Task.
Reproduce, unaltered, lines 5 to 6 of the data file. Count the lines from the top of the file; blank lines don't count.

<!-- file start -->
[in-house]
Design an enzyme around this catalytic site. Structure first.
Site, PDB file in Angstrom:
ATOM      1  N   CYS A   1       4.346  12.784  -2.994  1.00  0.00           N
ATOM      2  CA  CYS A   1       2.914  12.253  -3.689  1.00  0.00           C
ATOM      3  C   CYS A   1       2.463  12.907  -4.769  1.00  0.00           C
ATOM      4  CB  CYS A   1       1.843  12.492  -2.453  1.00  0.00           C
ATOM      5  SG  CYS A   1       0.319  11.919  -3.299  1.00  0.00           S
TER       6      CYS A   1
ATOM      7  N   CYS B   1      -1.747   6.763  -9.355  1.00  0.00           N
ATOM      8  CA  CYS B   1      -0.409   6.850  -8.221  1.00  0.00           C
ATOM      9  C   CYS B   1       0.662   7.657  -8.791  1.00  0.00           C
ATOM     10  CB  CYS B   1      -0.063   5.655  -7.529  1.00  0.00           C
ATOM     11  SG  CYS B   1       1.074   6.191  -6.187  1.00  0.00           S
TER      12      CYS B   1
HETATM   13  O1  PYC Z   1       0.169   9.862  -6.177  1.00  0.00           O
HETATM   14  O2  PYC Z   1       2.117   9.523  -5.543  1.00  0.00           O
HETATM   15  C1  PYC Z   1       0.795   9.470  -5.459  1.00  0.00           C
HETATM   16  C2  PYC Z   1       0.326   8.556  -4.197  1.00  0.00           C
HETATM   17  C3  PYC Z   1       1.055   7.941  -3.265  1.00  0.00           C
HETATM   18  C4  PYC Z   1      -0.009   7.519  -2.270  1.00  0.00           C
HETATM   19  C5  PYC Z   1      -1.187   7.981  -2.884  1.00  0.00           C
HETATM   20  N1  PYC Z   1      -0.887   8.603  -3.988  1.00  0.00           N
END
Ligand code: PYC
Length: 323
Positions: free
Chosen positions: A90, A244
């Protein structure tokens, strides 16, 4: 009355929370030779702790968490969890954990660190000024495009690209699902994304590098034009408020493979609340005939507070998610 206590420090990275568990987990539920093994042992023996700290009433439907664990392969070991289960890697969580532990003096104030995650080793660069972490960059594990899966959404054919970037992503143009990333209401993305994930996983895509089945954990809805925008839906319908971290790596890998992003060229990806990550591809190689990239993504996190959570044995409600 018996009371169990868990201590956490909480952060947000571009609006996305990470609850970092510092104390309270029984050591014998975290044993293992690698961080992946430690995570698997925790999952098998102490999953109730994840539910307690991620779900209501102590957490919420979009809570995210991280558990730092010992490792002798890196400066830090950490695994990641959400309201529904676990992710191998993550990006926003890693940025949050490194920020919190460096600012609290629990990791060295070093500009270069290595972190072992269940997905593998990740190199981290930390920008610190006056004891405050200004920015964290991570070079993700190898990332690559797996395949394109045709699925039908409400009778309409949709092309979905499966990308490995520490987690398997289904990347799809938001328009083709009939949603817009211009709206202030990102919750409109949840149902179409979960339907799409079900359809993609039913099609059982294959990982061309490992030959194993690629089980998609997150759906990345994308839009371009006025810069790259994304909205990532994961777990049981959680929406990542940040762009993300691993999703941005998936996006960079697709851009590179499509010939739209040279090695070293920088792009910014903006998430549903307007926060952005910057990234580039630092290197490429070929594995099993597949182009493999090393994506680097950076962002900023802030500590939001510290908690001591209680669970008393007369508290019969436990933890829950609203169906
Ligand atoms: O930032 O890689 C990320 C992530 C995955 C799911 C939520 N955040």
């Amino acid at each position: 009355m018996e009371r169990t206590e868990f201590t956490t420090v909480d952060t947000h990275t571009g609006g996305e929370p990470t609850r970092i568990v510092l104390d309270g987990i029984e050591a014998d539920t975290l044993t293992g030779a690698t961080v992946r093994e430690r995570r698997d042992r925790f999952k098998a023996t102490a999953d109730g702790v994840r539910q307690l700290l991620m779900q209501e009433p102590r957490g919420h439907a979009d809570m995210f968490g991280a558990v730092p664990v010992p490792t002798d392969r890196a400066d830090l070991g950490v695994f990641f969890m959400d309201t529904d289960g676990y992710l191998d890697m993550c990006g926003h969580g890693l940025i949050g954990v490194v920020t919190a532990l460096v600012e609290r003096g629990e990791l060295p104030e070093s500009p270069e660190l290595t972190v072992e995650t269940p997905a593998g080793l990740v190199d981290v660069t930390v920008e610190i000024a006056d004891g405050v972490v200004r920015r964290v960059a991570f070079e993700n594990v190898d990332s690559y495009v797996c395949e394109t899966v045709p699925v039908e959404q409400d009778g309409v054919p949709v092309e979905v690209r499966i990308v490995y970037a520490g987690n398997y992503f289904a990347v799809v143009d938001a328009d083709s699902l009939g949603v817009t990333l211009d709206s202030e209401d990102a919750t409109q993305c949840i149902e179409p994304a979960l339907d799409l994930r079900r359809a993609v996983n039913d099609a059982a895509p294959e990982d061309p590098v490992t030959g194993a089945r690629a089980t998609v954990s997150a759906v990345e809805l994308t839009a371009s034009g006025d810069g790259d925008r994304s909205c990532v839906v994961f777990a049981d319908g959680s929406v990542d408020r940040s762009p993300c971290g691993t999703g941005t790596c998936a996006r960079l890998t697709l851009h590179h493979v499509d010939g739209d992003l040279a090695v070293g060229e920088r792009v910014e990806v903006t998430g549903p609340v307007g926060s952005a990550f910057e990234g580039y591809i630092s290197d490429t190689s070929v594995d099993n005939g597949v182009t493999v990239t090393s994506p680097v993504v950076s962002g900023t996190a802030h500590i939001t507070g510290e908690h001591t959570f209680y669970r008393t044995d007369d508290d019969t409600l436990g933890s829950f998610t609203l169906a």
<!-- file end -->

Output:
ATOM      2  CA  CYS A   1       2.914  12.253  -3.689  1.00  0.00           C
ATOM      3  C   CYS A   1       2.463  12.907  -4.769  1.00  0.00           C